The Court of Appeals for Veterans Claims has laid out clear standards for determining the adequacy of a VA expert opinion in a VA disability compensation claim. Accord, e.g., Monzingo v. Shinseki, 26 Vet.App. 97 (2012); Nieves-Rodriguez v. Peake, 22 Vet.App. 295 (2008); and Stefl v. Nicholson, 21 Vet.App. 120 (2007). No prior decision lays out the standards for "how an adjudicator is to determine whether a specific submission constitutes a medical opinion."
In this case a veteran argued his sleep apnea was secondary to his PTSD. His lawyer is also a doctor. His lawyer submitted a document relating the sleep apnea to the PTSD. The letter had the designation "MD" on his letterhead and in his signature block. The letter did not indicate the lawyer was acting in a medical-expert role. The document was identified as an "appeal brief" and contained legal argument only. It did not contain medical judgment, reasoning or opinion.
Is a lawyer's brief to the BVA sufficient to be qualified as an expert opinion, when the lawyer indicates on his brief that he is a medical doctor?
The Court said no - the BVA acted correctly to not consider a lawyer's brief as a medical opinion connecting PTSD and sleep apnea for purposes of VA disability compensation. The Court affirmed the BVA's denial of service connection for sleep apnea as secondary to PTSD.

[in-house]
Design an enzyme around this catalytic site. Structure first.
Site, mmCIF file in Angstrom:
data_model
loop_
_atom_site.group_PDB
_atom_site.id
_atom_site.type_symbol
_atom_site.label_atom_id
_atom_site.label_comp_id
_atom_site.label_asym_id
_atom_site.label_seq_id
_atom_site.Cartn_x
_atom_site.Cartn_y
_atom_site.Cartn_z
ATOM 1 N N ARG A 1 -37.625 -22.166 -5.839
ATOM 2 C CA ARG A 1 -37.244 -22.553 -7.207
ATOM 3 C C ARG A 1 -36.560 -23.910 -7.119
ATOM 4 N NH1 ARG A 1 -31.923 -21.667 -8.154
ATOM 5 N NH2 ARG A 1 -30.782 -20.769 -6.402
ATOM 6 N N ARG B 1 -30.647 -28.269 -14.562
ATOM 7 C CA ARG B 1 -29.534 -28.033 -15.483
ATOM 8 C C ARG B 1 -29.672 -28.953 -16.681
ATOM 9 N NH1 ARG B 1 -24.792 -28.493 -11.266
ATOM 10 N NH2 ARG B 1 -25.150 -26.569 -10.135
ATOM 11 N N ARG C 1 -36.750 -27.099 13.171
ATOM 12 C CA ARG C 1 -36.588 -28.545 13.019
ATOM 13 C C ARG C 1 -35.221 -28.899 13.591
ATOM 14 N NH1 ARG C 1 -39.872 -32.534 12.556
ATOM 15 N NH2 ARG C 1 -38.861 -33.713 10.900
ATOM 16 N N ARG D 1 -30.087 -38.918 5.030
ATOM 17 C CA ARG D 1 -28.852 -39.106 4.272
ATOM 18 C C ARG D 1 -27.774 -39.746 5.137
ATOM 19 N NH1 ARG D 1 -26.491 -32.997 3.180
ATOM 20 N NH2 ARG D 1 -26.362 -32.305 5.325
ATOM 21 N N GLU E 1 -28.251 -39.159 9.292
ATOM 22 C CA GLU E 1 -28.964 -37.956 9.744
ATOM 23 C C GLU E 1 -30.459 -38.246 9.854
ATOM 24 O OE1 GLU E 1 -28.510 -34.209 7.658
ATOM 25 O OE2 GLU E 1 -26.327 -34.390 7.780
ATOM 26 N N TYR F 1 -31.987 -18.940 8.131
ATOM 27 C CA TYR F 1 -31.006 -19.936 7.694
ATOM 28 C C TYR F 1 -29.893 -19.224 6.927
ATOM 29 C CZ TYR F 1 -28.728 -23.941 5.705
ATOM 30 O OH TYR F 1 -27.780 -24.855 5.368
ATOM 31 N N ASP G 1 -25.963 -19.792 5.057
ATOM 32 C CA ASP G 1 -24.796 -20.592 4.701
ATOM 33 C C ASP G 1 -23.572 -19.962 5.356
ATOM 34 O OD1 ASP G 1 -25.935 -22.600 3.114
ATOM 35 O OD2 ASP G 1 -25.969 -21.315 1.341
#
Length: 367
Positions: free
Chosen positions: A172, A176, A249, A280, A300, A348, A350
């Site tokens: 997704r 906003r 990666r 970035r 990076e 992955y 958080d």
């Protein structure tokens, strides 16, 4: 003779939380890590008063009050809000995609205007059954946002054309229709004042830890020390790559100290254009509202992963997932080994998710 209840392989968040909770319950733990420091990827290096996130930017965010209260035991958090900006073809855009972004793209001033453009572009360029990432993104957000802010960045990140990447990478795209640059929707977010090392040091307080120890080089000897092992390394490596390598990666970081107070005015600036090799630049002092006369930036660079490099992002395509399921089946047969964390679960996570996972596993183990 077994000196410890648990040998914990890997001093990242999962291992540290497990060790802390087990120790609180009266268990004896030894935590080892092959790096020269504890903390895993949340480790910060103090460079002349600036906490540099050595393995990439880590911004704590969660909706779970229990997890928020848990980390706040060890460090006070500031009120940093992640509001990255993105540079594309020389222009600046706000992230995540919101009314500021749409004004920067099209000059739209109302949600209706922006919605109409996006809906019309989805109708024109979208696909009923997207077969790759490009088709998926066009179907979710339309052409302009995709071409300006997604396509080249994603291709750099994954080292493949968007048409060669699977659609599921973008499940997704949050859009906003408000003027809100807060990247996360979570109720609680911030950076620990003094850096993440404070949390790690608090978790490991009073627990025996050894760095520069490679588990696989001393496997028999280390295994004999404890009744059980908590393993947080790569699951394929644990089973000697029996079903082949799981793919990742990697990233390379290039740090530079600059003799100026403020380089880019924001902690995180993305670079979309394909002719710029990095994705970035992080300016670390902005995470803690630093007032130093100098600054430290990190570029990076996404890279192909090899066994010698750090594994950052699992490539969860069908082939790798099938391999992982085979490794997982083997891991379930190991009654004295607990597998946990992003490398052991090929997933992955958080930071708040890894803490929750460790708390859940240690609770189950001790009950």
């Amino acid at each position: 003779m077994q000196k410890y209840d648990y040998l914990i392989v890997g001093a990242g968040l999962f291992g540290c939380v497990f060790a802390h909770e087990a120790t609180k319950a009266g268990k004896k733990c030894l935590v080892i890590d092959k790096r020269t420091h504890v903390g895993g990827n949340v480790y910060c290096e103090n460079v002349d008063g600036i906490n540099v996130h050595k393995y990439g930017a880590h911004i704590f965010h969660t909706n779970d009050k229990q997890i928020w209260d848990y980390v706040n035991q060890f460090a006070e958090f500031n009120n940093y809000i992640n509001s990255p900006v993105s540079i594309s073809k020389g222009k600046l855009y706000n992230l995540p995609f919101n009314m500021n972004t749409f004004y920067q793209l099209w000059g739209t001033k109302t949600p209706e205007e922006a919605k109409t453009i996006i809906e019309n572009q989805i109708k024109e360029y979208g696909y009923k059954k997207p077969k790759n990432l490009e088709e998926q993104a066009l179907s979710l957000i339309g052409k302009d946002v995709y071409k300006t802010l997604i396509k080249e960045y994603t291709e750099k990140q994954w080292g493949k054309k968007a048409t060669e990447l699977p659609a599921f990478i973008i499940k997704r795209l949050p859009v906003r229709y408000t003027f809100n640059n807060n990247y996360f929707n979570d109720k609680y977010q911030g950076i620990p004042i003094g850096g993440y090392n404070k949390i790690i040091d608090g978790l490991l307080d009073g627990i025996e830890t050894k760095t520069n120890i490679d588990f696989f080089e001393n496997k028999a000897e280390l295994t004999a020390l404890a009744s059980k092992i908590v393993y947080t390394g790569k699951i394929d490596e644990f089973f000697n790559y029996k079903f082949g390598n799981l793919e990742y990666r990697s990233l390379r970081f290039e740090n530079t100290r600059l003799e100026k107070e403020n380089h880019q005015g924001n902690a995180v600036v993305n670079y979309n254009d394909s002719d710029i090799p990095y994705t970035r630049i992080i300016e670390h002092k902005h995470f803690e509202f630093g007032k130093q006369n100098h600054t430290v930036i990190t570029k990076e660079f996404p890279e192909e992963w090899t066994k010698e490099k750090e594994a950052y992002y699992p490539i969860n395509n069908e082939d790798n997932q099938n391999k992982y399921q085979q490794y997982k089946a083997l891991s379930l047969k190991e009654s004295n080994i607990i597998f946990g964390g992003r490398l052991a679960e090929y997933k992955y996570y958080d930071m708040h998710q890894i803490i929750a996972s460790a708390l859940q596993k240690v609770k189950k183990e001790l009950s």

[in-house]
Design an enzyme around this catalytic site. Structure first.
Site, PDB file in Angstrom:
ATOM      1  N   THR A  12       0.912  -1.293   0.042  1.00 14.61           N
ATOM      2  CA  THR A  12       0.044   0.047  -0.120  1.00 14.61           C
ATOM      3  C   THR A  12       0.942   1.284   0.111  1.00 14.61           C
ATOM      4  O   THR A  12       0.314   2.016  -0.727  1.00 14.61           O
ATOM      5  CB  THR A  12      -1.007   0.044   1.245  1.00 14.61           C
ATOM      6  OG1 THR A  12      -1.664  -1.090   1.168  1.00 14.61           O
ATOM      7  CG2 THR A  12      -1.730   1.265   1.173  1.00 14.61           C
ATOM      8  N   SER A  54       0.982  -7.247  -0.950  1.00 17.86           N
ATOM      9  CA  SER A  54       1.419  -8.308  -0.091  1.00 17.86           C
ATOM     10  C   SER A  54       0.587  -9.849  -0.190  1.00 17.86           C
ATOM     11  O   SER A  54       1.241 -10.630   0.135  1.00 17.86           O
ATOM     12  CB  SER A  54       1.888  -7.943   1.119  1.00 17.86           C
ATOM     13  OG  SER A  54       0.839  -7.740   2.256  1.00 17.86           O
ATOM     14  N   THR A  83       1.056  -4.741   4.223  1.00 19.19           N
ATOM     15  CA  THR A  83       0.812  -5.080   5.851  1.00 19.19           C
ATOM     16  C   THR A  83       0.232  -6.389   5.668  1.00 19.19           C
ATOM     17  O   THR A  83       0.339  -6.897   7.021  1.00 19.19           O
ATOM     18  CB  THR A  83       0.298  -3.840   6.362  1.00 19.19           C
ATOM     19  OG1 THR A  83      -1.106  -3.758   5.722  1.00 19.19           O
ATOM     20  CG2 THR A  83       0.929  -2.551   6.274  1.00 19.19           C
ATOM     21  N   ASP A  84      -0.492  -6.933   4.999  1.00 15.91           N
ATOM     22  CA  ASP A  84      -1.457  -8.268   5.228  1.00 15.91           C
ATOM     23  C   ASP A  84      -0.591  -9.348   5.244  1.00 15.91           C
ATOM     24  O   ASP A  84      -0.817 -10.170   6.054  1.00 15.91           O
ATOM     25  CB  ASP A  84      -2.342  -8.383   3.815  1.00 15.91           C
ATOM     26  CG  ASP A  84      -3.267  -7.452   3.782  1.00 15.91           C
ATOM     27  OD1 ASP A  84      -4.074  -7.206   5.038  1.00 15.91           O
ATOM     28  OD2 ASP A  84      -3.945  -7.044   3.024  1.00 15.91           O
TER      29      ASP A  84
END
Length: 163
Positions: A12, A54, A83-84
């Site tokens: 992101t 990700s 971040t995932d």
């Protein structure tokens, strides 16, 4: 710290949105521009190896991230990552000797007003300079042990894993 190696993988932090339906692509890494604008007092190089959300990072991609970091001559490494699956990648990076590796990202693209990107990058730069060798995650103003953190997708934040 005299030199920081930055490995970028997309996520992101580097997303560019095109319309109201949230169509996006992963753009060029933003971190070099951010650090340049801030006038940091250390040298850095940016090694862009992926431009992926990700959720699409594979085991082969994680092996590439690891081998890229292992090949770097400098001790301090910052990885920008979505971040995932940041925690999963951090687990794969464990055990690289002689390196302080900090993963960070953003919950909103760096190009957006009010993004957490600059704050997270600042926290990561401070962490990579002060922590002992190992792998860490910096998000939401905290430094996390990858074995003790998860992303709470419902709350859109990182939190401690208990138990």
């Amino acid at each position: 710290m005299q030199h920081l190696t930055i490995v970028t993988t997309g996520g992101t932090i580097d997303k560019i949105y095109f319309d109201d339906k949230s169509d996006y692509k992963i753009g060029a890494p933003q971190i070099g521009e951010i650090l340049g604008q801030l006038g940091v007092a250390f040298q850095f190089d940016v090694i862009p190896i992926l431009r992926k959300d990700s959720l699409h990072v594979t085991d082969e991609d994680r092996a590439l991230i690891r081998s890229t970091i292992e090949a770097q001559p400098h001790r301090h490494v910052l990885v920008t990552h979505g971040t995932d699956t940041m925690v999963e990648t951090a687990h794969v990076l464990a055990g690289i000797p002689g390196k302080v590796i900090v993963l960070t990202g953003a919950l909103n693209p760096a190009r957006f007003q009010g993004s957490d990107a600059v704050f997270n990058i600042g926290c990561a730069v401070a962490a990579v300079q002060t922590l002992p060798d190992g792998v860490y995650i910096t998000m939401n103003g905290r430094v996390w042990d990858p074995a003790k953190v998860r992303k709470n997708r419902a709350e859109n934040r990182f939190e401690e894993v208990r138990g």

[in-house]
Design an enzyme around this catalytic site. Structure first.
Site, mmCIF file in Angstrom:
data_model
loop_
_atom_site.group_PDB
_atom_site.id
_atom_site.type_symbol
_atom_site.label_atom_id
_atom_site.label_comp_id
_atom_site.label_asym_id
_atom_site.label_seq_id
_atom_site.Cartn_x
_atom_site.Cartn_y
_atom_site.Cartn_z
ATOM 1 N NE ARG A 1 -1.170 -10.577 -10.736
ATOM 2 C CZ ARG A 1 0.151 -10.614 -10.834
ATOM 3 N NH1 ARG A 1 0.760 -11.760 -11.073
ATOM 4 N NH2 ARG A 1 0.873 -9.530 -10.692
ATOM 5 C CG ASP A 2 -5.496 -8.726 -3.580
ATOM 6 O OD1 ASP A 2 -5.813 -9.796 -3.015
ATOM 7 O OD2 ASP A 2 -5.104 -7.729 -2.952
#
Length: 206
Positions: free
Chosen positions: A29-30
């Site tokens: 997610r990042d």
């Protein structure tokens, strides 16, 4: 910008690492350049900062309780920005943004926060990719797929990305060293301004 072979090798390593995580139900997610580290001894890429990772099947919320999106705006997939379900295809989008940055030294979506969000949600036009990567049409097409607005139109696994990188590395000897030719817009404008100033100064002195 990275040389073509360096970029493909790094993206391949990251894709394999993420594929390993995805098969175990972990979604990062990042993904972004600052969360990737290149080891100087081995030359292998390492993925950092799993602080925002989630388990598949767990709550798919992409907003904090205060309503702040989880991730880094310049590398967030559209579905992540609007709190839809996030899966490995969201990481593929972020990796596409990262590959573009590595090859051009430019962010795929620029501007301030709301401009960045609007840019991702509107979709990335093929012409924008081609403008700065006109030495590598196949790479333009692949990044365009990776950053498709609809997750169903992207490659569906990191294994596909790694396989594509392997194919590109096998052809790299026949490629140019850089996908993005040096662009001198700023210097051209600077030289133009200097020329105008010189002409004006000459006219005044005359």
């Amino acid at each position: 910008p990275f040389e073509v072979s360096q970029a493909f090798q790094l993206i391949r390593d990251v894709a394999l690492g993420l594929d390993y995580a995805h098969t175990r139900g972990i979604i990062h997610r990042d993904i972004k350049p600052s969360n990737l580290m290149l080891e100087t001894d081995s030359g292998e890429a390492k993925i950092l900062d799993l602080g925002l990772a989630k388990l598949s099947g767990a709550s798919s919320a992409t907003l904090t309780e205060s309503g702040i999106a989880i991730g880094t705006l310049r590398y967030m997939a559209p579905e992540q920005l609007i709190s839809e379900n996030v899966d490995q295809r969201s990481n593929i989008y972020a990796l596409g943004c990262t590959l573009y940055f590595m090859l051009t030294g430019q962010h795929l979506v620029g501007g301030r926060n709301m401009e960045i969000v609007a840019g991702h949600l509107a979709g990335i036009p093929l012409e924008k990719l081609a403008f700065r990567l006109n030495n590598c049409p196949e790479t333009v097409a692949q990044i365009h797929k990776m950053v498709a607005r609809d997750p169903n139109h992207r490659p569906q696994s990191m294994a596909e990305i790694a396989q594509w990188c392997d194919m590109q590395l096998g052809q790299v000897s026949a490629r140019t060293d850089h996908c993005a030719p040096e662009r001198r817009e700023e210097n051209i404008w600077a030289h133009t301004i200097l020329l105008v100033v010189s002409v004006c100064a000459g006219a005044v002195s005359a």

The Court laid out criteria for when a submission is to be considered a medical expert opinion when its proponent also has another role in the case:
** This is not an effective binding precedent until the CAVC issues its mandate. If the Appellant does not seek reconsideration of the CAVC panel decision, full court review, or appeal the decision to the Federal Circuit Court of Appeals, the mandate will likely issue in late April 2018. ***
It has long bothered me - this idea of a "non-adversarial" veterans disability claims process. Set aside, for the moment, that those words appear in no statute, law or regulation governing VA Benefits.
Focus on what veterans are deprived when words Congress never passed into law are read into law, as law.
The search for the truth - the American way of searching for the truth - is lost.
Our nation is built on the idea that an adversarial search for the truth - where parties get broad latitude to explore and counter and attack the factual presentations of their opponent - is the cornerstone of justice.
One of the key tenets of the adversarial process is this: when a witness proffers testimony as an expert, they must first be qualified - by the court - as an expert. This tenet acts as a filter on "junk science".
That filter does not exist in the Veterans Benefits system: for the sole reason that Courts read a passing statement of a single Congressman a few years back as the defining ideal of the VA Benefits process.
Here's how it works:
The VA's experts are experts because the VA says they are - and if a veteran wants to challenge one, he needs to make that challenge in specific legalese at every critical juncture of his appeal.
(Never mind that he is rarely told when a C&P exam opinion is used to deny the claim...before the decision; never mind that he is never given a copy of that VA medical expert exam opinion unless he asks for it and waits years for the VA to get around to sending it to him)